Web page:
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I start reading Vector Calculus by Jerold E. Marsden, Anthony J. Tromba and I want to know if there is a book with the answers of the exercises. I like a lot this book, it seems to be made for a beginner but also for those who want to assimilate new knowledge.

Thanks :)

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perhaps this will help math.stackexchange.com/questions/126495/… –  Holdsworth88 Aug 22 '12 at 5:57
    
I learned from that book at one time as well, and have since taught from it (I like it as an intro to several variable calc). The answers and solutions to the odd-numbered problems are in the back of the book. What more would you want? –  mixedmath Aug 22 '12 at 6:12
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Dear @mixedmath: given that the odd-numbered problems are solved in the back of the book, can you really not guess what our friend Iuli wants? :-) –  Georges Elencwajg Aug 22 '12 at 9:03
    
I know I sound like a weak wuss saying this-but I still fervently believe all textbooks should come with fully worked out solutions manuals. It's not enough to know the answer's wrong-you have to know WHY it's wrong. And the old response of,"Well,then students just look up all thier homework answers.",is garbage because students who really WANT to learn won't do that,thier pride won't let them. Students who want to cheat will cheat,with or without the manual. So I just don't buy that response. –  Mathemagician1234 Aug 29 '12 at 7:55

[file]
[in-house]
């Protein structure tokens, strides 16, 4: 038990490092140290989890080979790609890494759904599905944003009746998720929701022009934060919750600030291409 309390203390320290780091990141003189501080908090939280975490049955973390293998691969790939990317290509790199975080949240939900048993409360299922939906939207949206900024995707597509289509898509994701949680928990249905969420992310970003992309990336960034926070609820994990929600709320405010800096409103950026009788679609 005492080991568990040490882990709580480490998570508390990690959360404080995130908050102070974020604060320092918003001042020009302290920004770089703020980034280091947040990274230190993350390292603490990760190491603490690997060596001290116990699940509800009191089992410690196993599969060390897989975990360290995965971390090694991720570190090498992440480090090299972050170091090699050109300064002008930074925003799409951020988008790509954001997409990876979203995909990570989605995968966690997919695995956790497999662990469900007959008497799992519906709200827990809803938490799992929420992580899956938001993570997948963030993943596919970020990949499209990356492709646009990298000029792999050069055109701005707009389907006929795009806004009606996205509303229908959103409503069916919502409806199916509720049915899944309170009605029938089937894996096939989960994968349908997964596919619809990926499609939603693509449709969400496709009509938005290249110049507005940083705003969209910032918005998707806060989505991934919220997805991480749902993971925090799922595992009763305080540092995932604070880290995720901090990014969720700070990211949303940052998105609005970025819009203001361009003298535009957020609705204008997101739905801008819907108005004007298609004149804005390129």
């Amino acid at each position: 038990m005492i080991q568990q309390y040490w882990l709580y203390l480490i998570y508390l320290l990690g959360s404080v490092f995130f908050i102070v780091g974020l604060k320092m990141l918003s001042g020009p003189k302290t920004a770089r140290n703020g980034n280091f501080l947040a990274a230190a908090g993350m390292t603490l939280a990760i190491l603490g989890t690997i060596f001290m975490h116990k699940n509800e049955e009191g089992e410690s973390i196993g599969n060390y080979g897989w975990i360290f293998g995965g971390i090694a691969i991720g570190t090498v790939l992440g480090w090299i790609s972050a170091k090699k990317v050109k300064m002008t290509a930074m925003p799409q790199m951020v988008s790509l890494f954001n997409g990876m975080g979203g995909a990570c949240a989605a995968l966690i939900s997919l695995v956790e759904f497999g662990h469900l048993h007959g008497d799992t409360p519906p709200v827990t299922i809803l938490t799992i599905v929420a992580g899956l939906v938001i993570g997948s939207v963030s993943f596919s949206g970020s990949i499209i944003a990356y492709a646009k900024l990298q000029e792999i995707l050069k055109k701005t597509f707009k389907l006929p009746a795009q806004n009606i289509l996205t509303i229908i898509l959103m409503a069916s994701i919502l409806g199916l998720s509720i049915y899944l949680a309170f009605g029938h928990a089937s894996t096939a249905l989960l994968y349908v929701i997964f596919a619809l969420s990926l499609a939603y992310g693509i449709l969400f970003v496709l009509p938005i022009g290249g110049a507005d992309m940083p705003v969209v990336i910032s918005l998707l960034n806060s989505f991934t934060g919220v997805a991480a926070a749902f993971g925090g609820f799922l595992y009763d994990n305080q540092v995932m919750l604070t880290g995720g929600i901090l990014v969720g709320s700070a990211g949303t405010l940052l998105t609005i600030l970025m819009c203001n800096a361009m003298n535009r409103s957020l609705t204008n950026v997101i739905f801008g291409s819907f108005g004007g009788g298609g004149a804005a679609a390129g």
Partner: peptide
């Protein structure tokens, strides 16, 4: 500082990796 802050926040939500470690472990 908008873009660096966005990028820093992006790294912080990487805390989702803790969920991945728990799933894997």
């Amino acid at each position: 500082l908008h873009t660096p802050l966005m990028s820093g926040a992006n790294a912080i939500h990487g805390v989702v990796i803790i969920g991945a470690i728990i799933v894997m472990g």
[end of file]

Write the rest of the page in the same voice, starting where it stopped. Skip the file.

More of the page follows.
reference-request should not be used as a standalone tag; see tag-wiki and meta. –  Martin Sleziak Aug 2 '13 at 6:28

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Marsden and Tromba-from which I learned vector analysis under the eminent differential geometer Josef Dodziuk-indeed has a full solutions manual that's available from the publishers. It's actually a pretty good book,if overpriced. You can get a better book for fraction of the price from Dover: Vector Calculus by by Peter Baxandall and Hans Liebeck. It's a little more difficult then Marsden/Tromba and requires some linear algebra as prerequisite, but's beautifully written with many, many graphical examples,good exercises and distinguishes many of the finer points of calculus of several variables in 2 and 3 space. It's certainly worth the effort and you should get a copy as collateral reading.

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